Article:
When an MLD <1.1 mm was used to define an abnormal territory, MCE led to a similar improvement in the recognition of CAD extent. Of the 60 territories subtended by an artery with an MLD <1.1 mm, 52 (87%) were recognized after contrast echo, compared with 40 (65%) by standard imaging (P=0.002).
The findings of this study are that combined dipyridamole-exercise stress is feasible for combining MCE with ExE, that LVO enhances the sensitivity of ExE with only a minor additional increment from MCE, and that qualitative MCE adds incremental benefit to the assessment of the extent of CAD.
Despite the favorable results of vasodilator stress MCE,5–7 several considerations have limited the attractiveness of this approach as a standard clinical technique. First, identification of stress-induced WMAs is a well-accepted and specific marker of ischemia, and vasodilators appear to be less sensitive than dobutamine or exercise stress for inducing WMAs during stress echocardiography.17 This difference is likely related to the dependence of WMAs on increased myocardial oxygen demand rather than “coronary steal” or reduced aortic pressure.18 Second, the selection of vasodilator stress echocardiography in patients who would otherwise be able to exercise necessarily relinquishes valuable information relating to exercise capacity, correlation of symptoms with exercise, and ST-segment changes.19 However, there is a paucity of data regarding the combination of MCE with exercise stress. Although qualitative assessment of perfusion and wall motion from low-MI images immediately after exercise has been shown to have a good correlation with single photon emission CT perfusion defects,20 the combination of MCE with ExE is technically challenging because of immediate postexercise hyperventilation, cardiac translational motion, and the relatively short duration of hyperemia.
The use of a combined dipyridamole-exercise protocol in this study was designed to enable MCE to be combined more feasibly with ExE. This combination has been used for nuclear perfusion imaging21 but has not been reported for contrast echocardiography. The underlying rationale was to use exercise to induce WMAs, ST-segment changes, and exercise capacity while dipyridamole was used to induce maximal hyperemia (even in individuals undergoing submaximal stress). Dipyridamole is well suited to this protocol because it induces prolonged hyperemia, with peak hyperemia demonstrated as long as 12 minutes after commencing administration.22 This permitted MCE acquisition after conclusion of the poststress images, with optimization of image quality after resolution of hyperventilation. The protocol thus enabled postexercise wall-motion assessment to be obtained with standard harmonic grayscale images, thus avoiding the lower frame rate of real-time power modulation images, which may compromise wall-motion assessment. Subsequent real-time LVO images were then considered additive to the diagnosis of ischemia and CAD. The only circumstance under which hyperemia could not be expected to extend beyond standard imaging time would be in patients exercising for >10 to 12 minutes, in which circumstance the likelihood of significant coronary disease or submaximal heart rate would be quite low.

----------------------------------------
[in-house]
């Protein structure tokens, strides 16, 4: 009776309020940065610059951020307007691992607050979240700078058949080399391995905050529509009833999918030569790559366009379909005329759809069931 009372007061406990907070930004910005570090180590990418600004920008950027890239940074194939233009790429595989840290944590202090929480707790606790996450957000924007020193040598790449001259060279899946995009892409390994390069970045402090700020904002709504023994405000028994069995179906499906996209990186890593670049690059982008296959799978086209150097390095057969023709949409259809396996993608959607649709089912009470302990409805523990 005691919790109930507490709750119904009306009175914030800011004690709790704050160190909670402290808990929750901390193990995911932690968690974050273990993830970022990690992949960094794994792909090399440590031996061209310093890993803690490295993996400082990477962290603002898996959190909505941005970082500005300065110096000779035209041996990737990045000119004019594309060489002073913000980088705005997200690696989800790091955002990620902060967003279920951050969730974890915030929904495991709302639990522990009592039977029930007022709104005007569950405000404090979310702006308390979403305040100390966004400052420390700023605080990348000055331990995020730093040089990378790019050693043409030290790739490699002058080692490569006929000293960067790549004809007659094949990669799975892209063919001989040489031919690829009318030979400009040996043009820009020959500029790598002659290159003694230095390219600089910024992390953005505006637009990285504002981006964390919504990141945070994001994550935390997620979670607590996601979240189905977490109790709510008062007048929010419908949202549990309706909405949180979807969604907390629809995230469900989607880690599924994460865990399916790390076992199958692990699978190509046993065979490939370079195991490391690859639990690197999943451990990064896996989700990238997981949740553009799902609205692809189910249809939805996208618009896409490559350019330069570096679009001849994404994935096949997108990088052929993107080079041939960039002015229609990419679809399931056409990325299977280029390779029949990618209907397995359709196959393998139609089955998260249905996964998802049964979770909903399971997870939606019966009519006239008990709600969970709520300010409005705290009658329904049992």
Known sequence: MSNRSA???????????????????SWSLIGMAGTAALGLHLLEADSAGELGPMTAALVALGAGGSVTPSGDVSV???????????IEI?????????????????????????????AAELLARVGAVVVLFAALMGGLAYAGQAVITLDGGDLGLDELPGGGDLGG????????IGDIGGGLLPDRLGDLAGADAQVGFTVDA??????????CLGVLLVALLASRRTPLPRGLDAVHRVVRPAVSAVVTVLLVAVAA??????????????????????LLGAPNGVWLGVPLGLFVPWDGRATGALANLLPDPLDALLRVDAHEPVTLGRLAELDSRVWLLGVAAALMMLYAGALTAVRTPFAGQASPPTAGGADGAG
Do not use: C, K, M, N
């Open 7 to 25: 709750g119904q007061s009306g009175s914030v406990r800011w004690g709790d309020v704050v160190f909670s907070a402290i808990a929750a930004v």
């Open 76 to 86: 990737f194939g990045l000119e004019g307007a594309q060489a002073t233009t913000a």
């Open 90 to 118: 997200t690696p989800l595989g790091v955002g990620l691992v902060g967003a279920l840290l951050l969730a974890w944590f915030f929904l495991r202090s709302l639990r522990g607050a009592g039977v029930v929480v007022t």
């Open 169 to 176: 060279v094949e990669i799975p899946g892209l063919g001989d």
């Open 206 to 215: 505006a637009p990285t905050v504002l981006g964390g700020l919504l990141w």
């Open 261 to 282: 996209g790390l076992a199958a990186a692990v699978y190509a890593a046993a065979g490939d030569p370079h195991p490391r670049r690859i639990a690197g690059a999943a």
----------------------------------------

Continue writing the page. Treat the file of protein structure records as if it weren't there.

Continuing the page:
Incremental Benefit for Diagnosis of CAD
Most validation studies of MCE have compared perfusion analysis with radionuclide perfusion imaging, and good concordance has been demonstrated.5–7 However, the presence and extent of CAD at coronary angiography have traditionally been used as the reference standard for the assessment of CAD. Limited comparative data6,7,20,23–25 have been obtained between MCE and angiography (Table 3). In 45 patients undergoing mainly dobutamine stress echocardiography, Cwajg et al23 showed a greater sensitivity for real-time, contrast-enhanced than for standard stress echocardiography (87% versus 56%) and a better recognition of disease extent by MCE (85% versus 39%). These results were surprisingly unfavorable for standard imaging, perhaps reflecting the limitations of lower-frame-rate, real-time imaging. Moreover, no specificity data were available from that study. Shimoni et al20 performed real-time MCE during ExE in 100 patients; in 44 who proceeded to angiography, the sensitivity and specificity of wall-motion analysis and MCE were not significantly different.